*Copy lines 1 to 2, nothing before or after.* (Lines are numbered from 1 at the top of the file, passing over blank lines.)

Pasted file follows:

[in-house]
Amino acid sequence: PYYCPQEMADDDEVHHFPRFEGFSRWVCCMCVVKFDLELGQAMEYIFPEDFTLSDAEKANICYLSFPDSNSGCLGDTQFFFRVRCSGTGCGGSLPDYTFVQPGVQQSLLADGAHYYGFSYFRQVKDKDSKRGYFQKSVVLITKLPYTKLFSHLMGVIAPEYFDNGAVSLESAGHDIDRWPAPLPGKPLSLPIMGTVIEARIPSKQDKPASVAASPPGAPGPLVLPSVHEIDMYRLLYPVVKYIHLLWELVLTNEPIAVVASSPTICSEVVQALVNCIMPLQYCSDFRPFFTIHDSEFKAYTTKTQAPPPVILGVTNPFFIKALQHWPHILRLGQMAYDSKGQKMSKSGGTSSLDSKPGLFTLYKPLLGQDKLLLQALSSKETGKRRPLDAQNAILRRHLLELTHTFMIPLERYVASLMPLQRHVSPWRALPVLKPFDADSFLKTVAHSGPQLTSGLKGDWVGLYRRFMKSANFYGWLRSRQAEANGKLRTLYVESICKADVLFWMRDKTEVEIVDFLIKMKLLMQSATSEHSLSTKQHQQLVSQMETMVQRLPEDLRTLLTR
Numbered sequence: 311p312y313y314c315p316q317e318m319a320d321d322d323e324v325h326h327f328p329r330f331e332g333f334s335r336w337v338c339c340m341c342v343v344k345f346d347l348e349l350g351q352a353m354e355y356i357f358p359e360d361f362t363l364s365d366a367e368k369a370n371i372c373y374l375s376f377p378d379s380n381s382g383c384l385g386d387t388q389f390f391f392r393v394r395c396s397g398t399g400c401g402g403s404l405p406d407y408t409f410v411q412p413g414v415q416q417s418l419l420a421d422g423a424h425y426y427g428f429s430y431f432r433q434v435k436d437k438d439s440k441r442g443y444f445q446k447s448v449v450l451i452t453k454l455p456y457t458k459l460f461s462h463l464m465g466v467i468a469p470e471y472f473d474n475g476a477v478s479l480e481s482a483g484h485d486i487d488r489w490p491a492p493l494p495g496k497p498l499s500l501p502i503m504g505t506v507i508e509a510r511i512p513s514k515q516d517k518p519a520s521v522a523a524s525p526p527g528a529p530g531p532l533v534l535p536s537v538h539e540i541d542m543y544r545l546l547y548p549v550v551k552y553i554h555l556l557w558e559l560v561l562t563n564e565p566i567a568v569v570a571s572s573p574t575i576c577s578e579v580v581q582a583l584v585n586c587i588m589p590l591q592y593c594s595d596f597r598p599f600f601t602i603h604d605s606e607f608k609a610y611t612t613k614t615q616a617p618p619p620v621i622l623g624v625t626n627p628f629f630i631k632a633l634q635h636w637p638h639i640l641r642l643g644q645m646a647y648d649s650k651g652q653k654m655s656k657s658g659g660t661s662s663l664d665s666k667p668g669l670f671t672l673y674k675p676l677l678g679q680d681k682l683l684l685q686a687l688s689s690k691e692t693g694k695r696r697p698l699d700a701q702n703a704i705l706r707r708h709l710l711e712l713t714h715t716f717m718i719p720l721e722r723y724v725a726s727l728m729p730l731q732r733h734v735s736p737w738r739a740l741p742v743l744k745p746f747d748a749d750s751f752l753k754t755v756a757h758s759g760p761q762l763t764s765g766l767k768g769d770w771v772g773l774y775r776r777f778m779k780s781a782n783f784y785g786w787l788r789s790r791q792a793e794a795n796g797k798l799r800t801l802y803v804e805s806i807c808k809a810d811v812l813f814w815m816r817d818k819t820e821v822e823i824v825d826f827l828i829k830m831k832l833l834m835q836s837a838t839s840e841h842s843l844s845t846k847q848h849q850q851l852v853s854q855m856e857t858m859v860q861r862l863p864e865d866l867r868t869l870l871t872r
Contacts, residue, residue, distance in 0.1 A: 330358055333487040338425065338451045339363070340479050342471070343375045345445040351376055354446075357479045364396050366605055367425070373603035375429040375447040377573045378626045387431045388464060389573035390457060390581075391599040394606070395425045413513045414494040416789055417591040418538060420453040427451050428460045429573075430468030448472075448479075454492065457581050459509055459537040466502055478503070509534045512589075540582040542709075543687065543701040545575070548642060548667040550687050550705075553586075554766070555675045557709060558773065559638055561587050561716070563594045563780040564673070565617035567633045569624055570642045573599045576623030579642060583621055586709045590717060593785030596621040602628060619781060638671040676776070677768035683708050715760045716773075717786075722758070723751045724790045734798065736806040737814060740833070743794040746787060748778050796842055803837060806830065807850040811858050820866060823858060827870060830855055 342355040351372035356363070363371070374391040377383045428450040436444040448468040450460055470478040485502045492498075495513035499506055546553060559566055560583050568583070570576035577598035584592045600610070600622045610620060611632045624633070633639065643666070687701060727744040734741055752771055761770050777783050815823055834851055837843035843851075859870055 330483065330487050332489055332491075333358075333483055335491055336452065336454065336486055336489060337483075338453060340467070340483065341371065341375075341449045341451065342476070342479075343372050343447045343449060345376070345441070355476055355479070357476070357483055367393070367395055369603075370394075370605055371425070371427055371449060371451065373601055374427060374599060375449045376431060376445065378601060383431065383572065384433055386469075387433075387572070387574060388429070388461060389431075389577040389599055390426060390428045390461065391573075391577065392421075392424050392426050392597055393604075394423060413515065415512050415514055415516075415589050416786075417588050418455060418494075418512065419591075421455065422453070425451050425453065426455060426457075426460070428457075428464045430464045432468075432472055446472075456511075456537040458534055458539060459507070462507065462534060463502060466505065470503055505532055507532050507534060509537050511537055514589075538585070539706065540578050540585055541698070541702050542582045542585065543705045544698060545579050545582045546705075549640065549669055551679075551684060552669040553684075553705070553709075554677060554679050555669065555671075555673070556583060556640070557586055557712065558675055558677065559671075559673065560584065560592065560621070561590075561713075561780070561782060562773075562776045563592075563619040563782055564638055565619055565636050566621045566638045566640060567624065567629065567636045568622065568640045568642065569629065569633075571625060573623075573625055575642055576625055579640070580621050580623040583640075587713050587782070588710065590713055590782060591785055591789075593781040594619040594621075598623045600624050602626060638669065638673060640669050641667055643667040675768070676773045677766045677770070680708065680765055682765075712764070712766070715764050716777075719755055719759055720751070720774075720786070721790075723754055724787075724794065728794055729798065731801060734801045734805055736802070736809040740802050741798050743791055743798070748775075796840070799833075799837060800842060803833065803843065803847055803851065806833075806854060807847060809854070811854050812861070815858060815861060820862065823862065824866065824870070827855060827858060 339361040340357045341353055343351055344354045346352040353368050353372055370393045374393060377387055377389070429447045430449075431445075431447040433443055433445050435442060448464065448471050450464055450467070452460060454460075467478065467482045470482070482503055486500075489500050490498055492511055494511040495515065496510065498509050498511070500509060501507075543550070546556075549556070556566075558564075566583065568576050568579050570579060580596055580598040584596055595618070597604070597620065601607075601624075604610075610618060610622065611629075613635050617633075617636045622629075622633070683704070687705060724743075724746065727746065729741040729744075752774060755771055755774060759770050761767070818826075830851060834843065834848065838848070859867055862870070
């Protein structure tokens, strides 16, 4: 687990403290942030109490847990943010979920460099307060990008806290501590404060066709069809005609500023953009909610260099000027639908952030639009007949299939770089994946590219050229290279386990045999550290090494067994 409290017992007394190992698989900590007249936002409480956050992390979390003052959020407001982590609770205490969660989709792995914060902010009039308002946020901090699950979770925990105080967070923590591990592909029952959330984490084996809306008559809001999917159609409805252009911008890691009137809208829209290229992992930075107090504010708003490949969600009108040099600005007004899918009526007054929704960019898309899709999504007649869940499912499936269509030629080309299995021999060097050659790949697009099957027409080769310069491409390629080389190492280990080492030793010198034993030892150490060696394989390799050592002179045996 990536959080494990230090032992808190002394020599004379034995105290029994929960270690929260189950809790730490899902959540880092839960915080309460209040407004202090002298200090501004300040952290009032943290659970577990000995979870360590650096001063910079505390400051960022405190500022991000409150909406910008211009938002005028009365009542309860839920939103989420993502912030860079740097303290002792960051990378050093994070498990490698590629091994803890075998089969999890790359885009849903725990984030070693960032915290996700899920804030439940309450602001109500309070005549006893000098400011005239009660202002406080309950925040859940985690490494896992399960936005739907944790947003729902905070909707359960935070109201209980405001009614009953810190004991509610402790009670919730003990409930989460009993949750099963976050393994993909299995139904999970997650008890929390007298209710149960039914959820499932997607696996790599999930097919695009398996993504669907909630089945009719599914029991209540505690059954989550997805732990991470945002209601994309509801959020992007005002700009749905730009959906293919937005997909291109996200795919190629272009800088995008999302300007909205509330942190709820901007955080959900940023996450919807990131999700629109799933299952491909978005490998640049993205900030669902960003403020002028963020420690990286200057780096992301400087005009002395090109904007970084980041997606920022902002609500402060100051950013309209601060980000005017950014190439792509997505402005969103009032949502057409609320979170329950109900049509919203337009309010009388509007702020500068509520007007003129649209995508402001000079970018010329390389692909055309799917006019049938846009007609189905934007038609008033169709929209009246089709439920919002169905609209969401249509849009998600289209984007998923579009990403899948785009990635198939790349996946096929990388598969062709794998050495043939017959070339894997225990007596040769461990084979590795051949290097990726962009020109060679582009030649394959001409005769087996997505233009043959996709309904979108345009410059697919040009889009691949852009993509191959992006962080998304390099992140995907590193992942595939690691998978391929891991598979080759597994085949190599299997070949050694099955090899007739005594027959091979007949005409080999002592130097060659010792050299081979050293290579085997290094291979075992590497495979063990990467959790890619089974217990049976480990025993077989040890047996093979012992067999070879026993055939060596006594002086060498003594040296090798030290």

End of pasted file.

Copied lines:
[in-house]
Amino acid sequence: PYYCPQEMADDDEVHHFPRFEGFSRWVCCMCVVKFDLELGQAMEYIFPEDFTLSDAEKANICYLSFPDSNSGCLGDTQFFFRVRCSGTGCGGSLPDYTFVQPGVQQSLLADGAHYYGFSYFRQVKDKDSKRGYFQKSVVLITKLPYTKLFSHLMGVIAPEYFDNGAVSLESAGHDIDRWPAPLPGKPLSLPIMGTVIEARIPSKQDKPASVAASPPGAPGPLVLPSVHEIDMYRLLYPVVKYIHLLWELVLTNEPIAVVASSPTICSEVVQALVNCIMPLQYCSDFRPFFTIHDSEFKAYTTKTQAPPPVILGVTNPFFIKALQHWPHILRLGQMAYDSKGQKMSKSGGTSSLDSKPGLFTLYKPLLGQDKLLLQALSSKETGKRRPLDAQNAILRRHLLELTHTFMIPLERYVASLMPLQRHVSPWRALPVLKPFDADSFLKTVAHSGPQLTSGLKGDWVGLYRRFMKSANFYGWLRSRQAEANGKLRTLYVESICKADVLFWMRDKTEVEIVDFLIKMKLLMQSATSEHSLSTKQHQQLVSQMETMVQRLPEDLRTLLTR